This time, we’re concluding our four-part post, both here and on the Illinois Supreme Court Review, discussing some of the academic literature on panel effects in appellate decision-making.
Today, we’re looking at “Judging the Voting Rights Act,” 108 Columbia Law Rev. 1 (2008), by Professors Adam B. Cox and Thomas J. Miles. The authors began by collecting every published Federal decision decided pursuant to Section 2 of the Voting Rights Act since 1982.
The study concludes that appointees of Democratic Presidents voted to find liability in 36.2% of cases, while Republican appointees found liability in only 21.2% of cases. For cases decided between 1982 and 1994, Democratic appointees found liability at a rate seventeen percentage points higher than Republican appointees. For cases decided between 1995 and 2008, the margin between Democratic and Republican appointees decreased to only a nine-point margin for the Democrats. In cases involving at-large elections, Democratic appointees voted to impose liability 44% of the time, while Republican appointees voted to impose liability only 22% of the time.
The authors then demonstrated that once again, panel selection mattered for the case result. When panels consisted of three Democratic appointees, the likelihood of an individual judge voting to find liability was 40.7%. When the panel consisted of two Democrats and one Republican appointee, that percentage fell to 32.8% of cases. When the panel consisted of one Democrat and two Republican appointees, the likelihood that a given judge would vote for liability was 27.8%.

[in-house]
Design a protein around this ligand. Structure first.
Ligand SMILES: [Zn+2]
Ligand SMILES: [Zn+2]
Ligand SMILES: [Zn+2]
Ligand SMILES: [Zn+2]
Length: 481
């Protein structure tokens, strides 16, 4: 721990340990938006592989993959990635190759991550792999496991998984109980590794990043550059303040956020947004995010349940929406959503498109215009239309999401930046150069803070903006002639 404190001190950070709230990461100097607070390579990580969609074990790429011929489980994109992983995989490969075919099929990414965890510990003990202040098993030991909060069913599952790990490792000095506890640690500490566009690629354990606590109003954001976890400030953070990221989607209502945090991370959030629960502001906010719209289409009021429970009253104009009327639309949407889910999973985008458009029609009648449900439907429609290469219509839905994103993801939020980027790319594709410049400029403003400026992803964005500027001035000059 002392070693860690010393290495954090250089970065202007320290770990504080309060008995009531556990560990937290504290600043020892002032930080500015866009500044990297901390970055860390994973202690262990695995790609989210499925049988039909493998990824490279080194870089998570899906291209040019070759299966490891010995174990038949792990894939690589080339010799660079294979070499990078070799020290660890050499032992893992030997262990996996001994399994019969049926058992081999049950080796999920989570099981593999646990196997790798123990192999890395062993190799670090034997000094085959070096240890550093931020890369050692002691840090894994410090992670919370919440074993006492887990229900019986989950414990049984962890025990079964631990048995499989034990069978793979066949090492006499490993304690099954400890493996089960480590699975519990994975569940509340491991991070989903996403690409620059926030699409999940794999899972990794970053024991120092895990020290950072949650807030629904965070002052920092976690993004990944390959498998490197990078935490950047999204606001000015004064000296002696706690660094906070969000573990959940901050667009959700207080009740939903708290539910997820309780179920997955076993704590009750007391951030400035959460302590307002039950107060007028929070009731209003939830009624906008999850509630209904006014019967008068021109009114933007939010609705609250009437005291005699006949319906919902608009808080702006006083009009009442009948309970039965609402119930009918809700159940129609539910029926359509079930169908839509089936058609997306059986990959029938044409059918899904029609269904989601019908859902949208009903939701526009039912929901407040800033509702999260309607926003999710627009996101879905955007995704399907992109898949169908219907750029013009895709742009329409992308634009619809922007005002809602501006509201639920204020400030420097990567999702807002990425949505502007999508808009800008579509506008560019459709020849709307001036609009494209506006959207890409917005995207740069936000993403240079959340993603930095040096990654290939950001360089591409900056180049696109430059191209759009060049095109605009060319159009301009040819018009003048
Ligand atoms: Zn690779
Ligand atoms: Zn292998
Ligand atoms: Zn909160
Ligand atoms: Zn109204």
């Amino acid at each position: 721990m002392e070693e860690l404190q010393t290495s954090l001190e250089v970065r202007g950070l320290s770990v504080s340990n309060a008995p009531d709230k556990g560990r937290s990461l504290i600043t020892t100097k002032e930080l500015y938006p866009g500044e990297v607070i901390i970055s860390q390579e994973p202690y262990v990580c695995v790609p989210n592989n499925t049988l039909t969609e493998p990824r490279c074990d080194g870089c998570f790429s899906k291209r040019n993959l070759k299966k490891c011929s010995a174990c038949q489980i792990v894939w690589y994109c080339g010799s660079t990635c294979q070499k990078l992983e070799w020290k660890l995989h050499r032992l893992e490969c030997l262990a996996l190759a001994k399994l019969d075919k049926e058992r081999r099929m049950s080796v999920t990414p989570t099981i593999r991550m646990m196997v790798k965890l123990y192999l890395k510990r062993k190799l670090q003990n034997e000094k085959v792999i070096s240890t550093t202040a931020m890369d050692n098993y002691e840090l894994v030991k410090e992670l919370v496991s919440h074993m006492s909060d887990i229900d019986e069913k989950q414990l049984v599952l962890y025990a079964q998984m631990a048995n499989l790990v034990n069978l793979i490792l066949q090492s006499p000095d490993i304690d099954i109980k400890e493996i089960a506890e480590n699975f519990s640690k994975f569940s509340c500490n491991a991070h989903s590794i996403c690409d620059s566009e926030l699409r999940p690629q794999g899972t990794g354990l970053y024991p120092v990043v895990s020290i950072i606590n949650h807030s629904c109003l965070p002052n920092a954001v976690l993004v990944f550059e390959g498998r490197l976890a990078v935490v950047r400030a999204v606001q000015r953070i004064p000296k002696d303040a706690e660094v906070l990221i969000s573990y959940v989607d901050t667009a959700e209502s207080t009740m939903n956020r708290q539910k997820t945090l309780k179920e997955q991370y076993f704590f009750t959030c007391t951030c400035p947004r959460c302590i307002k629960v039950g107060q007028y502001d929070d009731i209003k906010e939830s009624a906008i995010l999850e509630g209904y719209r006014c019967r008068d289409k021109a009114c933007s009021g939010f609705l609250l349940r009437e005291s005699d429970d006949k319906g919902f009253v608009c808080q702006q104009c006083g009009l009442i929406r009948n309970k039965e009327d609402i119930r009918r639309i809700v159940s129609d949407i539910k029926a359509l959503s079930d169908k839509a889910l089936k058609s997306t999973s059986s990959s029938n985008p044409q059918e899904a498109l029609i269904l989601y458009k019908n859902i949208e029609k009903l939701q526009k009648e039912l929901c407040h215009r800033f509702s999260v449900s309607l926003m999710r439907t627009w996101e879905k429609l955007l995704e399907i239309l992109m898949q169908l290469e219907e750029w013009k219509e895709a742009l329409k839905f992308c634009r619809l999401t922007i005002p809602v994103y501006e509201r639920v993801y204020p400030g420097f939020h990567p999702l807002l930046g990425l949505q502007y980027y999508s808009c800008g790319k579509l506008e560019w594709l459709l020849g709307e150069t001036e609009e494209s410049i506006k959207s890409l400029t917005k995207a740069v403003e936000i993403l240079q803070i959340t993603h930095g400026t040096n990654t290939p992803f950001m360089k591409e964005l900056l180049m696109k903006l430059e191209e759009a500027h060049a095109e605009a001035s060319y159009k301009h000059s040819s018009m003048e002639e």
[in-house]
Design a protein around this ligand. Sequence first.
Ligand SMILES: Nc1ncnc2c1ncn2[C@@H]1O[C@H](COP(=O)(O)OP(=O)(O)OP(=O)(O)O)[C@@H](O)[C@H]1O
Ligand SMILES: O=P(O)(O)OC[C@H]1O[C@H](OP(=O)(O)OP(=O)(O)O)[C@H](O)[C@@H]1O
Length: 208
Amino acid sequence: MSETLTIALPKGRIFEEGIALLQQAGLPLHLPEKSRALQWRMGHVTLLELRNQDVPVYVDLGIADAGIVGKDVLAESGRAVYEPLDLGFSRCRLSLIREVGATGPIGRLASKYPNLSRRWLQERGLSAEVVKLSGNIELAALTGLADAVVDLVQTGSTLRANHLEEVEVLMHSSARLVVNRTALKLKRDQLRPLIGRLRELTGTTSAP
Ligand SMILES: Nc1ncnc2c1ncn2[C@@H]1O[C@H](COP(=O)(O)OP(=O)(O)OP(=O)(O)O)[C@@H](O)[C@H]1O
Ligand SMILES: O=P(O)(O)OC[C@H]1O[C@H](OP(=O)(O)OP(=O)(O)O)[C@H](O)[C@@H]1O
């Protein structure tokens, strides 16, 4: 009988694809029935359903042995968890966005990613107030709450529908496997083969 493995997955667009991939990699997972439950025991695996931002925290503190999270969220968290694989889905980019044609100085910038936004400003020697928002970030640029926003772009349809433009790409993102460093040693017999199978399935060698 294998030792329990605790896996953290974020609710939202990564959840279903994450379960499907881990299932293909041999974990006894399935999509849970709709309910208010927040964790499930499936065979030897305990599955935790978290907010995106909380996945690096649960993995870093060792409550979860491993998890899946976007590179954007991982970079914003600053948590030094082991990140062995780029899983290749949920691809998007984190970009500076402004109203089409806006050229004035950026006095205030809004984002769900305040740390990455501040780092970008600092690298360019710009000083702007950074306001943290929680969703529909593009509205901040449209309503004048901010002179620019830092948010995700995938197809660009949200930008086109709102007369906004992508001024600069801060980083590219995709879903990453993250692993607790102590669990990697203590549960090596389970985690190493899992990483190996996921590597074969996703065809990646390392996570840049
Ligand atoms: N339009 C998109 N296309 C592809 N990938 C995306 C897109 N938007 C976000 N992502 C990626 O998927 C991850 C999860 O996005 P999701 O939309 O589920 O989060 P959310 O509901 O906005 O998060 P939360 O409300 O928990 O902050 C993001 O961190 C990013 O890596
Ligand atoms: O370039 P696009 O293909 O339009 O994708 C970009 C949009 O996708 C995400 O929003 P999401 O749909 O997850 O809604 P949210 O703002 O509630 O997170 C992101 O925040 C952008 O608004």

When the panel consisted of two Democratic appointees and one Republican, the likelihood of a judge voting to find liability was 23.9%. When the panel was two Republicans and one Democrat, the likelihood of a judge voting to find liability was 21.3%. When the panel was entirely Republicans, the likelihood dropped to only 11.1%.
The authors also studied the data for voting patterns based on the race of the appellate judge. Voting patterns for African-American judges were close to identical across the board. All African-American judges voted to impose Section 2 liability 55.8% of the time. Democratic African-American appointees voted to find liability 55.9% of the time. Republican African-American appointees voted to find liability in 55.6% of cases. All other judges (not African-American) voted to find Section 2 liability 26.1% of the time. Democratic appointees in that subgroup voted for liability in 33.7% of cases. Republicans found liability in 20.4% of cases.
Join us back here next week as we turn our attention to a new inquiry.